Sunday, September 26, 2010

Carmel, part 1

I just don't get it.

It's not that I disgaree, oh no, just that I don't understand.

I must have read the Tablet of Carmel dozens (I was about to type 'hundreds', but I'm sure it hasn't been that many) of times, and I just don't understand why the Guardian called it "the Charter of the World Spiritual and Administrative Centers of the Faith on that mountain." A charter, and I had to look it up to be sure, is "a document, issued by a sovereign or state, outlining the conditions under which a corporation, colony, city, or other corporate body is organized, and defining its rights and privileges" (I am so indebted to

So how does this Tablet outline the conditions by which the World Centre is organized? Some have said that it is this document that implies "that Mount Carmel would be the physical location of the Bahá'í World Centre", but surely this is not the same as being a charter, is it

I have to tell you, this question has puzzled me for years, and I am only now getting around to trying to unravel it.

I truly believe that when Shoghi Effendi called it the "Charter of the World Spiritual and Administrative Centers of the Faith", this was the word he intended to use. So, once again, why?

It seems to me that one way to try and answer this question is look at the structure of the Tablet itself and do a brief analysis of it. I am certain that this will take more than one article, so I'll just do the first sentence for now.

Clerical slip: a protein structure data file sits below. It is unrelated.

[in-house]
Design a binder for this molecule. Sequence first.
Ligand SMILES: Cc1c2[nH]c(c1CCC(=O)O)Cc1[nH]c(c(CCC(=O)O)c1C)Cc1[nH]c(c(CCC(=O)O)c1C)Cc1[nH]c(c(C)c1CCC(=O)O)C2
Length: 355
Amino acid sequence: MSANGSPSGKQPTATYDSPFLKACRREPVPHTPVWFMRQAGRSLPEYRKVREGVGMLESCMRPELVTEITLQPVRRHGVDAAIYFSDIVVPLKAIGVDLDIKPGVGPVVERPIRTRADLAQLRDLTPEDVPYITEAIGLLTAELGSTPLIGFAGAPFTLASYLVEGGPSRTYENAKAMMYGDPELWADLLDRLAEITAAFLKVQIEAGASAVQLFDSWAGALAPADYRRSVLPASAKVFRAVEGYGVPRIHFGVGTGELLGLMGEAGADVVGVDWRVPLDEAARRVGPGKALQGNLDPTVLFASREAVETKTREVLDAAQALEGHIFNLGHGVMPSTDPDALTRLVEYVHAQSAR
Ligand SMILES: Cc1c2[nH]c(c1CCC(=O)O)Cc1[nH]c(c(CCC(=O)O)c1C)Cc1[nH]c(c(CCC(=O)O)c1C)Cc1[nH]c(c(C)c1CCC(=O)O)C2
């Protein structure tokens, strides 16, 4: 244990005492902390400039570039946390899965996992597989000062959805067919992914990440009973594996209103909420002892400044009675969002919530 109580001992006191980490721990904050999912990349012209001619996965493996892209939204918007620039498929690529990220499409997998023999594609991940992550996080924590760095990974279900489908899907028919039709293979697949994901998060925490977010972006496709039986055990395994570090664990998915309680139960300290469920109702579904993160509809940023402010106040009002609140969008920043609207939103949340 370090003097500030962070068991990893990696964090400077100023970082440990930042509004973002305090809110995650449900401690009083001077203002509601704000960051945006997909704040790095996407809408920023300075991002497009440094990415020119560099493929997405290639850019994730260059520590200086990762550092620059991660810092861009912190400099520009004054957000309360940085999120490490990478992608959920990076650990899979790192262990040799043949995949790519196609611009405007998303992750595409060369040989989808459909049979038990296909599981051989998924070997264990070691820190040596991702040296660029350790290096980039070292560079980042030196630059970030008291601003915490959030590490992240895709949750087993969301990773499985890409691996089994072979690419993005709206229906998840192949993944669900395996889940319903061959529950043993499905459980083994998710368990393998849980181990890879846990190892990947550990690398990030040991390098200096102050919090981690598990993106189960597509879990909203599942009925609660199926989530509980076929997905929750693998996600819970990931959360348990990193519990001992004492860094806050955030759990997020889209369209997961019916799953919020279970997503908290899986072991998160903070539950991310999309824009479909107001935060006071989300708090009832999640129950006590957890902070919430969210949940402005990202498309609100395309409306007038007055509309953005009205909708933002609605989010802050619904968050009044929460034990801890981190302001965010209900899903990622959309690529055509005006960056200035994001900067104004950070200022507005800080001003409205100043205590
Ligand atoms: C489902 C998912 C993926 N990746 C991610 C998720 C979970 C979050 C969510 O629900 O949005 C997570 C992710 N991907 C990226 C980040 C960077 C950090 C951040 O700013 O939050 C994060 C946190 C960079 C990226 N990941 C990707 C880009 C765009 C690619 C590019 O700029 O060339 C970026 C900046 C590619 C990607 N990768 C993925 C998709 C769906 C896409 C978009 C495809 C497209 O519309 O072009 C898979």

Oh, another way to try and answer this question would be to look at the history of and prophecies regarding Mount Carmel, but there is so much on the internet about it, that I would just suggest you click here. I'm sure there are other sites, but wikipedia is the best I have found. Appendix 6 in Ugo Giachery's book, Shoghi Effendi - Recollections, also contains some great material.

Briefly, the Tablet of Carmel was revealed in 1891 when Baha'u'llah visited the mountain for the fourth and last time, only a year before His ascension. Prior to this, there was nothing in His Writings stating where the World Centre of His Faith would be. It is this Tablet that ties together the spiritual and administrative cetnres of the Faith.

The Tablet itself is written in 5 paragraphs, and is something of a dialogue (perhaps trialogue would be more accurate). In paragraph 1, the entire creation is heard speaking, followed by Mount Carmel talking in paragraph 2. In paragraphs 3 and 4, we have Baha'u'llah's response to the mountain. Paragraph 5 is something of a conclusion.